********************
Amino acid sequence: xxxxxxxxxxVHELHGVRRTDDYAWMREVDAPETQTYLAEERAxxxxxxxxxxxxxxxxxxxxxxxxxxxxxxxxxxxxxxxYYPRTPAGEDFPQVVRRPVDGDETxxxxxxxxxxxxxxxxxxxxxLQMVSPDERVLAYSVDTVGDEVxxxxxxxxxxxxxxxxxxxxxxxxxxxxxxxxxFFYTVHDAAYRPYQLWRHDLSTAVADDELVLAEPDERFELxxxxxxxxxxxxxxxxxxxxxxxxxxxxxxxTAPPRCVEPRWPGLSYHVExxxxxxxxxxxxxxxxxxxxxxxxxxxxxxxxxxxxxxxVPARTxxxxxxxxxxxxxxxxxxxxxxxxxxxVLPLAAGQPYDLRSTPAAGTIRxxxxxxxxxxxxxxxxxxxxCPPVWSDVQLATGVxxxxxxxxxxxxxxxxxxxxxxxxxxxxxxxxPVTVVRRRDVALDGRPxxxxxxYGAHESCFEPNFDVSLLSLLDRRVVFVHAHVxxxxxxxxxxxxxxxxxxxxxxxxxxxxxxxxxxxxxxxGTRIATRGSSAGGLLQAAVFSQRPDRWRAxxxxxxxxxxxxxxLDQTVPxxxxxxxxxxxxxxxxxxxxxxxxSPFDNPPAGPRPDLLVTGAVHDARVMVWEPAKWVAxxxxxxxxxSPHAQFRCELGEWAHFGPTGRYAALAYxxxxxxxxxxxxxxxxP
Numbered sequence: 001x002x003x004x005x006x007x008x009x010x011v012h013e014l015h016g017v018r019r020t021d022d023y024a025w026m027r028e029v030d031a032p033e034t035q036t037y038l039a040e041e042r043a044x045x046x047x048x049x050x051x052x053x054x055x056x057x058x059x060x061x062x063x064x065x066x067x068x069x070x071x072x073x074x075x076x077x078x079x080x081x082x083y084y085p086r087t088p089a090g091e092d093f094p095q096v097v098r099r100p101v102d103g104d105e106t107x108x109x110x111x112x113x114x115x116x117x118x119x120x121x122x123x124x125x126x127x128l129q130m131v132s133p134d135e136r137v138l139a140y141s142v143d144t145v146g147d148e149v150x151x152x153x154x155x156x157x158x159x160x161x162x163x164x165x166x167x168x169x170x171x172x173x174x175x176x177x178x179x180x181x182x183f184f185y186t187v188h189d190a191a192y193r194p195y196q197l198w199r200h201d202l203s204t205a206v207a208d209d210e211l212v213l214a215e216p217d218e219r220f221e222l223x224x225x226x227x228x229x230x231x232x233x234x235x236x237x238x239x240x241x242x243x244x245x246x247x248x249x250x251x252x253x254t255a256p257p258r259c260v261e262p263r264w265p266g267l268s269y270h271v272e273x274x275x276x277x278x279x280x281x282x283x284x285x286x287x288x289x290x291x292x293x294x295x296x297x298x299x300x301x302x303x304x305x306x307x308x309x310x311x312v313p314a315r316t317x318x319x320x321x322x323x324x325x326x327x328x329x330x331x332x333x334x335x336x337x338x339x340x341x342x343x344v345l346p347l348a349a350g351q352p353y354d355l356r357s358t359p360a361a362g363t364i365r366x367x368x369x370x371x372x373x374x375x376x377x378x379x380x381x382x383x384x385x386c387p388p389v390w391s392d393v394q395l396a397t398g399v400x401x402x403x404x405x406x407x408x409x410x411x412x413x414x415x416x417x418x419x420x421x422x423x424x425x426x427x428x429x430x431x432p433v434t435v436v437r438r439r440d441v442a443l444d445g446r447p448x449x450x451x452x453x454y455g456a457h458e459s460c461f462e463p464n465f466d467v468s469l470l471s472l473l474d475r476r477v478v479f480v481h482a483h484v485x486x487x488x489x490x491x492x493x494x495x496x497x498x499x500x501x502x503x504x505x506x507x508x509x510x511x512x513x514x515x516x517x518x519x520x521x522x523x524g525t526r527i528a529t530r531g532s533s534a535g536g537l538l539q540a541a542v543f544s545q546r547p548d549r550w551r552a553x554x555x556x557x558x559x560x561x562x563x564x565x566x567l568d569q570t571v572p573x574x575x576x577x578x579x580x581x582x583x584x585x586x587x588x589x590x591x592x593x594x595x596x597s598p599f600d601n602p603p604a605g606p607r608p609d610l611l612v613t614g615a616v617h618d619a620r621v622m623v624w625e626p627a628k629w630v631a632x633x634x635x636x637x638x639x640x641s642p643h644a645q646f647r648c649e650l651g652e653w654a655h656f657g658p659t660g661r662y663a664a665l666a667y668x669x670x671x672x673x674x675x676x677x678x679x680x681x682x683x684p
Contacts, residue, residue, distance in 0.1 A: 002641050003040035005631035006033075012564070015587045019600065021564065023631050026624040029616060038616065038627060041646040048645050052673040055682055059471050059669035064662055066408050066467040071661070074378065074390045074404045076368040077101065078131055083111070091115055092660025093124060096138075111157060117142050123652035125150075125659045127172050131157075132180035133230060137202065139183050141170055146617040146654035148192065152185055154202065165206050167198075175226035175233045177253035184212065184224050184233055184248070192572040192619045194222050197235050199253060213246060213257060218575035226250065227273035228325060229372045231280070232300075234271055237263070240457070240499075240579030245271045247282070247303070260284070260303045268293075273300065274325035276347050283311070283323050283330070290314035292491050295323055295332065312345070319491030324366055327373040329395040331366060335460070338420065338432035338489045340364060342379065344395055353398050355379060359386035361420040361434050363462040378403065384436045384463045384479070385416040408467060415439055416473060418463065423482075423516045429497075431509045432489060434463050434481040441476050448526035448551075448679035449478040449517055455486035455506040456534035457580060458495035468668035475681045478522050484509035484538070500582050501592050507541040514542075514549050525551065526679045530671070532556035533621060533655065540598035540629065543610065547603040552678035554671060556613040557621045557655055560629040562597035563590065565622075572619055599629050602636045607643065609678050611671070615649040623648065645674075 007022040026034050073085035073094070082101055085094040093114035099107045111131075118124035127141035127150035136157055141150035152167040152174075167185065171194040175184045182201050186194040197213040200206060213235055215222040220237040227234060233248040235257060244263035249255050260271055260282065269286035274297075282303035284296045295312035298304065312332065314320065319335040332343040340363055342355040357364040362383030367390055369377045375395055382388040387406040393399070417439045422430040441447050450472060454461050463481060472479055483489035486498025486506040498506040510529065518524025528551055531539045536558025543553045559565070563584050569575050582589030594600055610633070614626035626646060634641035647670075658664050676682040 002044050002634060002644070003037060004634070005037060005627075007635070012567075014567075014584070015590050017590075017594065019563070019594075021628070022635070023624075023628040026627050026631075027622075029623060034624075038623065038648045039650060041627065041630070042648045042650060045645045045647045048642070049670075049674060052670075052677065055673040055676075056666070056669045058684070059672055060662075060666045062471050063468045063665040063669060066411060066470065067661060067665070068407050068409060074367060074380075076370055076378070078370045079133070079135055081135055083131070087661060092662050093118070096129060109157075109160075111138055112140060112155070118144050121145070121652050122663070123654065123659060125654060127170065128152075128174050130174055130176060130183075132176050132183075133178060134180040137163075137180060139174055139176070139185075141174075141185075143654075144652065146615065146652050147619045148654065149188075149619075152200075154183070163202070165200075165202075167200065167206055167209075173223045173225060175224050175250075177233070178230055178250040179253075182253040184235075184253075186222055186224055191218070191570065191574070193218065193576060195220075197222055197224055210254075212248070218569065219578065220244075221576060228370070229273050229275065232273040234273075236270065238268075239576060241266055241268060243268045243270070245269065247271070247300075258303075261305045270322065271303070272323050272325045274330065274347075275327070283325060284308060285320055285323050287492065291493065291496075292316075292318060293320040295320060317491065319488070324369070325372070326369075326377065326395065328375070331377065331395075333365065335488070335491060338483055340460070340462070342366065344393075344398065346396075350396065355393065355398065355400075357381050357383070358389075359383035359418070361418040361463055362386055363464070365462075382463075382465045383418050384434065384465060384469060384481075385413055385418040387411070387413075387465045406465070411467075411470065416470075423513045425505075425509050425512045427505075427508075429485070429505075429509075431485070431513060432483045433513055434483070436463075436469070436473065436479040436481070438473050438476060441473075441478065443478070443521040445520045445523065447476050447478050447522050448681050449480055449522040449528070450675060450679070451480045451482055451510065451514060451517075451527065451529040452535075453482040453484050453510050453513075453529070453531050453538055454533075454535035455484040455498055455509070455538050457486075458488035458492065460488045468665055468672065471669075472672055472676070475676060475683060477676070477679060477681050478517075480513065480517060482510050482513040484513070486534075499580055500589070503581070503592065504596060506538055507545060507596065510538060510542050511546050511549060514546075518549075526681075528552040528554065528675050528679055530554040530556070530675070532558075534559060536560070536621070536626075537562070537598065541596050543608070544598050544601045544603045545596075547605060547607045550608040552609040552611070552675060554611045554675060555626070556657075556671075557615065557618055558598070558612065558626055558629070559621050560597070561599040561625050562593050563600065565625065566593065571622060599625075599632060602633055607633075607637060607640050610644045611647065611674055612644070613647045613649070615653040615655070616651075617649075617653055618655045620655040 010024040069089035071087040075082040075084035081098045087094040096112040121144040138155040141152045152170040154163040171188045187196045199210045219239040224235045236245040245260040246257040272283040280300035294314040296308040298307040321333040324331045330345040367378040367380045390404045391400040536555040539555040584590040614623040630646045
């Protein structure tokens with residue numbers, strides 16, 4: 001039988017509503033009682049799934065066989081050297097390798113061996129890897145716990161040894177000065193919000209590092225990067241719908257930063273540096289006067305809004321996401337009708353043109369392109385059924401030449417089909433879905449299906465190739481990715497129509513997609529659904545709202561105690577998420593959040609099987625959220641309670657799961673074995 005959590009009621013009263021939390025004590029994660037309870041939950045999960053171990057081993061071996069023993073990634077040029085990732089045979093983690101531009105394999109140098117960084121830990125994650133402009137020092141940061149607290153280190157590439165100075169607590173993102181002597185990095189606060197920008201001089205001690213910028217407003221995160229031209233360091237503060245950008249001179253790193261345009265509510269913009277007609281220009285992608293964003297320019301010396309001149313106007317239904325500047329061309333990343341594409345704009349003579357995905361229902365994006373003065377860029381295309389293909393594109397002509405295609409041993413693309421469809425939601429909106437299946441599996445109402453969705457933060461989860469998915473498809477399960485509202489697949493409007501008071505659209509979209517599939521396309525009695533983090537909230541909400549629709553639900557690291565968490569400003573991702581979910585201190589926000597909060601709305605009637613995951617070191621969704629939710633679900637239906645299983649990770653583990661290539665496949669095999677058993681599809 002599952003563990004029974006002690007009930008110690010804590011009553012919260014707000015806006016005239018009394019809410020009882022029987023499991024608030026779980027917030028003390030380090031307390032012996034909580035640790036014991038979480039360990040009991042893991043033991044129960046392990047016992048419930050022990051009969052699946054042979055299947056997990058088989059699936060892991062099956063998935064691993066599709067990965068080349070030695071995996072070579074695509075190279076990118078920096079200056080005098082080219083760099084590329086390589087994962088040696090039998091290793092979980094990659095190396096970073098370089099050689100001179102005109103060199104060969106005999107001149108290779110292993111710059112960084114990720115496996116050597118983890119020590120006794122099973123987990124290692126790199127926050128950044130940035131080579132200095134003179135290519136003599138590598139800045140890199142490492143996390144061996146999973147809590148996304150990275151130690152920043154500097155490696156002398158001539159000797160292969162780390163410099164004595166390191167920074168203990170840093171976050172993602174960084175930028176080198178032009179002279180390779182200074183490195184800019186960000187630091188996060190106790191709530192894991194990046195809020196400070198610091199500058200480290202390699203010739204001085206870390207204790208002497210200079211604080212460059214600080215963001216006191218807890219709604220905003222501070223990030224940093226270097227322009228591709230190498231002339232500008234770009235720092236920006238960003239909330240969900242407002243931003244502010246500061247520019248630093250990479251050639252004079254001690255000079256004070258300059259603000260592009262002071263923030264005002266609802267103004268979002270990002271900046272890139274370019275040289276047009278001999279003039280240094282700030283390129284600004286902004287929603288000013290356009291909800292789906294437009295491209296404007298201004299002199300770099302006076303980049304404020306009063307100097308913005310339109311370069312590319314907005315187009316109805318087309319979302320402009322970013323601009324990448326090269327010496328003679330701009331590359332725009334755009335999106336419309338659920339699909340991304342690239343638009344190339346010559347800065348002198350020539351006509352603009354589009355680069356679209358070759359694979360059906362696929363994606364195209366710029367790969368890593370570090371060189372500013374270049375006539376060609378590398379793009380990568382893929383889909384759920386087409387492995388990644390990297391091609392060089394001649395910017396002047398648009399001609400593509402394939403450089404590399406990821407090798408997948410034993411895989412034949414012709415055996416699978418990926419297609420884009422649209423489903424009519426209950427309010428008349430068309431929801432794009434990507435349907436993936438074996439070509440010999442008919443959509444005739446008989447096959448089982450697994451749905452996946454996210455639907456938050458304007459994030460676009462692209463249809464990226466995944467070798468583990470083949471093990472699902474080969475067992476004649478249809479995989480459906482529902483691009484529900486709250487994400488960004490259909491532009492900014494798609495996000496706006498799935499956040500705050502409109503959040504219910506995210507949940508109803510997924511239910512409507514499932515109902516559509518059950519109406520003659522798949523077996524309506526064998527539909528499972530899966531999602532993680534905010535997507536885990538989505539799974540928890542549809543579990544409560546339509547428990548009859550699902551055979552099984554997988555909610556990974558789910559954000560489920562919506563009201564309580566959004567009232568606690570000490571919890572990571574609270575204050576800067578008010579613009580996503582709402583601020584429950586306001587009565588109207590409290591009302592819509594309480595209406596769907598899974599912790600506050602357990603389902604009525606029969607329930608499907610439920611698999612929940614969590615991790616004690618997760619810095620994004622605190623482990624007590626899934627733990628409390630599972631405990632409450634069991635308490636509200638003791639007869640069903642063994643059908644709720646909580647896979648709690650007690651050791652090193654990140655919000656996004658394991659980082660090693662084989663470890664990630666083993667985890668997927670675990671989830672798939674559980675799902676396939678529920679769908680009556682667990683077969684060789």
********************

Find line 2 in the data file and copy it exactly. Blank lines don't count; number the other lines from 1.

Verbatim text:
Numbered sequence: 001x002x003x004x005x006x007x008x009x010x011v012h013e014l015h016g017v018r019r020t021d022d023y024a025w026m027r028e029v030d031a032p033e034t035q036t037y038l039a040e041e042r043a044x045x046x047x048x049x050x051x052x053x054x055x056x057x058x059x060x061x062x063x064x065x066x067x068x069x070x071x072x073x074x075x076x077x078x079x080x081x082x083y084y085p086r087t088p089a090g091e092d093f094p095q096v097v098r099r100p101v102d103g104d105e106t107x108x109x110x111x112x113x114x115x116x117x118x119x120x121x122x123x124x125x126x127x128l129q130m131v132s133p134d135e136r137v138l139a140y141s142v143d144t145v146g147d148e149v150x151x152x153x154x155x156x157x158x159x160x161x162x163x164x165x166x167x168x169x170x171x172x173x174x175x176x177x178x179x180x181x182x183f184f185y186t187v188h189d190a191a192y193r194p195y196q197l198w199r200h201d202l203s204t205a206v207a208d209d210e211l212v213l214a215e216p217d218e219r220f221e222l223x224x225x226x227x228x229x230x231x232x233x234x235x236x237x238x239x240x241x242x243x244x245x246x247x248x249x250x251x252x253x254t255a256p257p258r259c260v261e262p263r264w265p266g267l268s269y270h271v272e273x274x275x276x277x278x279x280x281x282x283x284x285x286x287x288x289x290x291x292x293x294x295x296x297x298x299x300x301x302x303x304x305x306x307x308x309x310x311x312v313p314a315r316t317x318x319x320x321x322x323x324x325x326x327x328x329x330x331x332x333x334x335x336x337x338x339x340x341x342x343x344v345l346p347l348a349a350g351q352p353y354d355l356r357s358t359p360a361a362g363t364i365r366x367x368x369x370x371x372x373x374x375x376x377x378x379x380x381x382x383x384x385x386c387p388p389v390w391s392d393v394q395l396a397t398g399v400x401x402x403x404x405x406x407x408x409x410x411x412x413x414x415x416x417x418x419x420x421x422x423x424x425x426x427x428x429x430x431x432p433v434t435v436v437r438r439r440d441v442a443l444d445g446r447p448x449x450x451x452x453x454y455g456a457h458e459s460c461f462e463p464n465f466d467v468s469l470l471s472l473l474d475r476r477v478v479f480v481h482a483h484v485x486x487x488x489x490x491x492x493x494x495x496x497x498x499x500x501x502x503x504x505x506x507x508x509x510x511x512x513x514x515x516x517x518x519x520x521x522x523x524g525t526r527i528a529t530r531g532s533s534a535g536g537l538l539q540a541a542v543f544s545q546r547p548d549r550w551r552a553x554x555x556x557x558x559x560x561x562x563x564x565x566x567l568d569q570t571v572p573x574x575x576x577x578x579x580x581x582x583x584x585x586x587x588x589x590x591x592x593x594x595x596x597s598p599f600d601n602p603p604a605g606p607r608p609d610l611l612v613t614g615a616v617h618d619a620r621v622m623v624w625e626p627a628k629w630v631a632x633x634x635x636x637x638x639x640x641s642p643h644a645q646f647r648c649e650l651g652e653w654a655h656f657g658p659t660g661r662y663a664a665l666a667y668x669x670x671x672x673x674x675x676x677x678x679x680x681x682x683x684p